Happy new year, everyone!  I always start the year off with resolutions, like so many other people.  But this year, I’m going to call them something else — “resolution” leaves a slightly bitter taste in my mouth, probably because I’ve failed to keep so many of them!  So I’m going to go slightly new age-y and call them “intentions”.  Maybe that way I’ll actually manage to fulfil them in 2014…

First, I want to develop a routine so that I am actually posting to this blog on a regular basis.  In my ideal world, I’d post at least once a week.  In my real world, I know that might be a little ambitious, and I’m all about setting myself up for success when I make new goals.  So my intention is to blog at least every second week, with bonus points for blogging more often.

Bon gave me an absolutely fabulous wine journal for Christmas this year (thanks, Bon!), and I’m going to work through all of the information sections in the front, and I’ll share with you what I learn.  Apologies to folks who know something about wine already; it’s bound to be basic stuff, but that’s where I’m at.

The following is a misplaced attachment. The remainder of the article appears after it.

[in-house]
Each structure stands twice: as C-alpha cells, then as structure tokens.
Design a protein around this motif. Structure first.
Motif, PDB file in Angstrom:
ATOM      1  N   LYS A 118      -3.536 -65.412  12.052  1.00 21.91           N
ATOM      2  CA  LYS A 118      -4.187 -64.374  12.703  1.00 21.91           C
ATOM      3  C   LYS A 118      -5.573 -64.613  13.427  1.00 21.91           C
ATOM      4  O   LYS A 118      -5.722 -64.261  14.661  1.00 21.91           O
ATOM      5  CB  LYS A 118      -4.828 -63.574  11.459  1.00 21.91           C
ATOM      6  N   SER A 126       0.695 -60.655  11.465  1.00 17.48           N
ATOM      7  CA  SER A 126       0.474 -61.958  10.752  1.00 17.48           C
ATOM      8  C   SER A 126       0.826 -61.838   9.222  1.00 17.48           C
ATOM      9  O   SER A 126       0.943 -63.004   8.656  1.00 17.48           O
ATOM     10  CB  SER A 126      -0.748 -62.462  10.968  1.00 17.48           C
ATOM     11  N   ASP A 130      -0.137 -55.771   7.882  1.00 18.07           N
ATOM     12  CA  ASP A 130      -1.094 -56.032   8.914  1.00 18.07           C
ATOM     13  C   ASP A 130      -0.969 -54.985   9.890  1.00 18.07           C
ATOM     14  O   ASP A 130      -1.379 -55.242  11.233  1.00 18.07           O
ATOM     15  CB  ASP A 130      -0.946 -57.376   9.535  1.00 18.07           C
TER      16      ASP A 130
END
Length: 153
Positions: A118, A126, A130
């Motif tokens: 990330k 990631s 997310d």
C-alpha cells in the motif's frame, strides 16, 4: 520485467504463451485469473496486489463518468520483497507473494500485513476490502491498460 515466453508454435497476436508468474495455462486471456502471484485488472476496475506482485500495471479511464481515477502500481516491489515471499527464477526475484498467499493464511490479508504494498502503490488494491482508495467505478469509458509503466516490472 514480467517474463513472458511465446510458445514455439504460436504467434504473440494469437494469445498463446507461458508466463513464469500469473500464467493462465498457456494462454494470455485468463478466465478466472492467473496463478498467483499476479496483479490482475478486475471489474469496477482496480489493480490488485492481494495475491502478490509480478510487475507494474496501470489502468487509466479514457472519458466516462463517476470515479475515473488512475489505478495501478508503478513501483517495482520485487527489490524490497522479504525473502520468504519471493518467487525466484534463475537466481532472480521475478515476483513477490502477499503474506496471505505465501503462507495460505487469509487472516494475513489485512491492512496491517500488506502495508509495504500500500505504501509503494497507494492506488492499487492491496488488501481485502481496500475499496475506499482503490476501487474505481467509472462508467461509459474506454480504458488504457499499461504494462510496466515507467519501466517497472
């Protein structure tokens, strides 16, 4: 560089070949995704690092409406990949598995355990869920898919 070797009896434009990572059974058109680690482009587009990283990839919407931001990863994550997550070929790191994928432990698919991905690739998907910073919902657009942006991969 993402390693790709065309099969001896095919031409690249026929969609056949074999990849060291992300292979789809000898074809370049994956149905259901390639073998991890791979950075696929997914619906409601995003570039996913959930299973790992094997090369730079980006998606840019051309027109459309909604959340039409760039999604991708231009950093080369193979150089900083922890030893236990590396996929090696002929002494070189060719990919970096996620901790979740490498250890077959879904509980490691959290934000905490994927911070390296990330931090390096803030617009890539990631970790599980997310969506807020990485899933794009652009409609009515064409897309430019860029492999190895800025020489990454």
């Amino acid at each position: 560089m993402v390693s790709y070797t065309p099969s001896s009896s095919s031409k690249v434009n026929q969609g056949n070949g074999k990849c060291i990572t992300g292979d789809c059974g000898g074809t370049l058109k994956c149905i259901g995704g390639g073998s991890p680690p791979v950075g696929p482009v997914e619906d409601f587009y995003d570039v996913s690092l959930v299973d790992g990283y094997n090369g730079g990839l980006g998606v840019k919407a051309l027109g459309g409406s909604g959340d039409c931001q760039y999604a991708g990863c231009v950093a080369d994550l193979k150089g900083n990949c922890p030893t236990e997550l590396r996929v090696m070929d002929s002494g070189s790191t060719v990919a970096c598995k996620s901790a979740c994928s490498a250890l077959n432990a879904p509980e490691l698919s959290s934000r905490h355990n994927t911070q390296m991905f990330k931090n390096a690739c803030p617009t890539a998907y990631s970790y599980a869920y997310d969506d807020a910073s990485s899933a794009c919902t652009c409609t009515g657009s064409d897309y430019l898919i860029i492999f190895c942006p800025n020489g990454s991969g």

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My second intention for the year is to fill all the tasting pages in my new journal.  They’re called “connoisseur’s notes” in the book, and there are quite a lot of them.  But all that means is that we have to have more wine parties this year, which is never a bad thing!

My third intention is to throw a naked wine party.  Stay tuned for details!

My fourth and final intention is to play many rounds of Winerd, the new game I got for Christmas from another friend who knows I’m into wine.  It looks like a ton of fun, and again, it will encourage me to try lots of new types of wine!

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What are your wine-related resolutions or intentions for the year?  Tell us in the comments section!

~Lindsay

the three bottles you need for new years (and why you don’t need champagne)

These are the only bottles you need to buy for your new years party.

1. Sawmill Creek Merlot – this high value (cough, cough *cheap* cough) red is damn near drinkable with anything you serve for dinner. It’s a great sip with appies wine too. And you can serve it to lots of people because it’s like $9.

2. St Hubertus Wine Goddess – this is a great white wine and it’s festive and sends the right message to your lady pals!! It’s another great sipper for appies.